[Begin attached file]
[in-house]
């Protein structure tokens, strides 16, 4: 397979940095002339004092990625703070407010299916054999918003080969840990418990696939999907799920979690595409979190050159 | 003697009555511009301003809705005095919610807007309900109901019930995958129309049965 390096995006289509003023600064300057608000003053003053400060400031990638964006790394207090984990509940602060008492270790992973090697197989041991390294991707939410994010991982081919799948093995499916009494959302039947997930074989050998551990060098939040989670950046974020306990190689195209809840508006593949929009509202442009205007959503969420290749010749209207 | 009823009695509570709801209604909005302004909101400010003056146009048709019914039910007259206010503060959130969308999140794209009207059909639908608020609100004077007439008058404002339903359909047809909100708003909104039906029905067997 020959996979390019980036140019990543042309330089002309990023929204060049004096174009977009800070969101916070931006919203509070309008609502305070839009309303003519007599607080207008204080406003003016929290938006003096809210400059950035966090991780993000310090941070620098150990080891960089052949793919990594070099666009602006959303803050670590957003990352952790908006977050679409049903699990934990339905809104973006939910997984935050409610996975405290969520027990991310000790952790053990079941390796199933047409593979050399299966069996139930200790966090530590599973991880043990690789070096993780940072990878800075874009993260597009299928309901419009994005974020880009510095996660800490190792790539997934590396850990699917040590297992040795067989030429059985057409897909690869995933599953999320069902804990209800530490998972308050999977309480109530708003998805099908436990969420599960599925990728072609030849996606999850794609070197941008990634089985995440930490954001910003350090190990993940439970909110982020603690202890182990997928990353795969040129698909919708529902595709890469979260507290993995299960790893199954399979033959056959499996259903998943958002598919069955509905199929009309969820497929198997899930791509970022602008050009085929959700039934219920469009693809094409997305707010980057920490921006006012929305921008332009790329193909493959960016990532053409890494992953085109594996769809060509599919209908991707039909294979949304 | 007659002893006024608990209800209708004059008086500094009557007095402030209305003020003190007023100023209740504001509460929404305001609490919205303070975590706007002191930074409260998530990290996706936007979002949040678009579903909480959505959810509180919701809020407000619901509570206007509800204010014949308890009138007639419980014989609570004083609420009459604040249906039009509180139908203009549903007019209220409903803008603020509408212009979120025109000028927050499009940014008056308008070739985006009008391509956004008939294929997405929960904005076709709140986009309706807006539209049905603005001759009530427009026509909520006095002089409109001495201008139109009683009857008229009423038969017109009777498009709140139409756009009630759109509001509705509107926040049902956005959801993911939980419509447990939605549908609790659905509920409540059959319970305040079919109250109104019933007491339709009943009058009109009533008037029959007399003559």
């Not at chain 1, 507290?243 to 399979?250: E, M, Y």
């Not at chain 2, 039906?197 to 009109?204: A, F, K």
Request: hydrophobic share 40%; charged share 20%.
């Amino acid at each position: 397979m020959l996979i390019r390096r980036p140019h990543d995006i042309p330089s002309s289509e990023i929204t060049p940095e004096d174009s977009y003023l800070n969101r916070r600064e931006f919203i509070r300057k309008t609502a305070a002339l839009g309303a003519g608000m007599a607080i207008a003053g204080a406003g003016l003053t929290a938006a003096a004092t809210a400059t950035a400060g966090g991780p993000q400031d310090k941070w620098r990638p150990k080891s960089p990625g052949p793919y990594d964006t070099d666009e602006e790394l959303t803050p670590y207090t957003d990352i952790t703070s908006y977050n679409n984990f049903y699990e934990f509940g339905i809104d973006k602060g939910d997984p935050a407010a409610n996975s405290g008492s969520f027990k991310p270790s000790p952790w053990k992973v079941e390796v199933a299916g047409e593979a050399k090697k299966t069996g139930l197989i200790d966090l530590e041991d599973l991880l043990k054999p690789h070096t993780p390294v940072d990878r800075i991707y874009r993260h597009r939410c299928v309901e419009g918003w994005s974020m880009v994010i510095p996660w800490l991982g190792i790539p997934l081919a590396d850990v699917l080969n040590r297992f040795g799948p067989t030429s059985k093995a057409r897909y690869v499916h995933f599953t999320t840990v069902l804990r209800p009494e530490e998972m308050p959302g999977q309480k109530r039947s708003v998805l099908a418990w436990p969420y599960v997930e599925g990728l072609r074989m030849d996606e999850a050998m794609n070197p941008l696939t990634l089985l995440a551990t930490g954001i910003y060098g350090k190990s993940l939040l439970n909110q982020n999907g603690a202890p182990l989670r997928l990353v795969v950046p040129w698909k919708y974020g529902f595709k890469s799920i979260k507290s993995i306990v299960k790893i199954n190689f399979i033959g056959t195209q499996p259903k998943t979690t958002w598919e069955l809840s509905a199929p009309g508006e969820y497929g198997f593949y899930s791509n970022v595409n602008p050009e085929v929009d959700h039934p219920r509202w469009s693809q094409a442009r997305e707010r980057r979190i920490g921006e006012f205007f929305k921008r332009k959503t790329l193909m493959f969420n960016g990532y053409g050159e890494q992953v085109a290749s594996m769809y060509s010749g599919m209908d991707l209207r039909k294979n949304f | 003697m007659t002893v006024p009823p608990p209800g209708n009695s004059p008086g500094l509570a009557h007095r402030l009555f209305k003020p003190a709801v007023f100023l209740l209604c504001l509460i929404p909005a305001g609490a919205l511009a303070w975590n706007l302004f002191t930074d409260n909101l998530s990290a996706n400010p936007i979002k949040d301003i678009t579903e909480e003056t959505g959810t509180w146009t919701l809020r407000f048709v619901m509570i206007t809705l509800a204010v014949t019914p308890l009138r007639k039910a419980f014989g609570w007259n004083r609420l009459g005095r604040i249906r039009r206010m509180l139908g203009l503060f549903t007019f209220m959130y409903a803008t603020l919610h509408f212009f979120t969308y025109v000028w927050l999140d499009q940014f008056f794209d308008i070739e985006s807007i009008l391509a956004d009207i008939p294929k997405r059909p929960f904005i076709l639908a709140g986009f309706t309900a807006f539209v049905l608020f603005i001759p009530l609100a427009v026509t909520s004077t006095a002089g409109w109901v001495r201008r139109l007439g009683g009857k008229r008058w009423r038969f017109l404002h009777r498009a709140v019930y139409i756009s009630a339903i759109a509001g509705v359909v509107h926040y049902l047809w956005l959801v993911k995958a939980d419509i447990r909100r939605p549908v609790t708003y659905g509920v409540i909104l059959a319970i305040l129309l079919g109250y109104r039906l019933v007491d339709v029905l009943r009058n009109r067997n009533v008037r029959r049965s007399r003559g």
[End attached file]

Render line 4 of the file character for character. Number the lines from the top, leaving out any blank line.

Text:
């Not at chain 2, 039906?197 to 009109?204: A, F, K």